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Strabo and cartography

When discussing various elements that form the cartography,Strabo, similar to some of the later scholars, could not determine exactly what kind of information should include the "geography of science." Yet he stubbornly stated "special section of geography", which deals with broader concepts - such as the nature of the universe, the movement of celestial bodies, including Earth; the general nature of the Earth, its shape and size, its habited parts opposed to uninhabited. Anyone who tries to understand and describe these things, says Strabo, "must look at the vault of heaven"; it should pay particular attention to astronomy and geometry. In general, Strabo thought that such a study of the universe properly represents the union of meteorology, astronomy and geometry, "because it brings together terrestrial and celestial phenomena as closely interrelated and inseparable," as the skies high above the ground. " He emphasizes this even more when he says: "No one person - whether he is an ordinary man or a scholar - not possible to master the necessary knowledge of the geography without determining the celestial bodies and the observation of eclipses ... " If you have to deal with countries situated far from each other, says Strabo , these phenomena are very important. The development of cartographic science never overtook the development of astronomy, and it became possible to chart the modern map of the world because of the high accuracy reached by astronomers.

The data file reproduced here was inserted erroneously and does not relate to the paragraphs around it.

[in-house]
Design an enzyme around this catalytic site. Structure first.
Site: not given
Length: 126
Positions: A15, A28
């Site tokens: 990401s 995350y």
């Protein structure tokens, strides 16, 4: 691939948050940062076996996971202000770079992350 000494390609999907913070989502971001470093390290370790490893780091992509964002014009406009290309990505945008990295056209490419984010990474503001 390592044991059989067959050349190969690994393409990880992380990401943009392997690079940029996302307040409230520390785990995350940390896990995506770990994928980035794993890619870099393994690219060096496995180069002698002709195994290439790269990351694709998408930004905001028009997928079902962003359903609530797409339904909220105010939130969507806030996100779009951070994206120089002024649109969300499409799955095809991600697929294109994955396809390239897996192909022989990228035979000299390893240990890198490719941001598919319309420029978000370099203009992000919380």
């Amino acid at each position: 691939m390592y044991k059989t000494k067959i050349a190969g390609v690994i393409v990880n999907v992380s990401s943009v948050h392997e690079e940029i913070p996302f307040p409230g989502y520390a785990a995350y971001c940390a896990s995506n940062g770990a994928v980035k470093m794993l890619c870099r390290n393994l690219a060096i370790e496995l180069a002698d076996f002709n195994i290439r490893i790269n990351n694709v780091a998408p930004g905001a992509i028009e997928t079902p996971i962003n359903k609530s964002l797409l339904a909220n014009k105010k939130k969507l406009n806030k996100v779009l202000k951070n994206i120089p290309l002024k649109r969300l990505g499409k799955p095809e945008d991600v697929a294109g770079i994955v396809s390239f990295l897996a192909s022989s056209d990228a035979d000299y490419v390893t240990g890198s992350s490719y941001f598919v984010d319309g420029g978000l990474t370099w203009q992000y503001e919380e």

Strabo found that mankind for thousands of years studied the firmament, but generally not to learn something new about the world. For people the sky was always a calendar, showing when to seed and when to sow, when to hunt and when to fish, when to pray and when to sleep. To be precise, even in 4241 BC people knew that the duration of the calendar year is 365 days, and this fact is used when recording important events. This time interval, the full cycle, defined by two successive observations of Sirius - "pesey stars" - just before sunrise, when Sirius hardly appears on the horizon. Not in one place, this phenomenon repeats more frequently than once a year. And it is likely that a systematic study of the sky in the theological view began in the early period of the Babylonian and Assyrian civilizations - namely, nomadic, or euphrates period, about 3,000 years before Christ.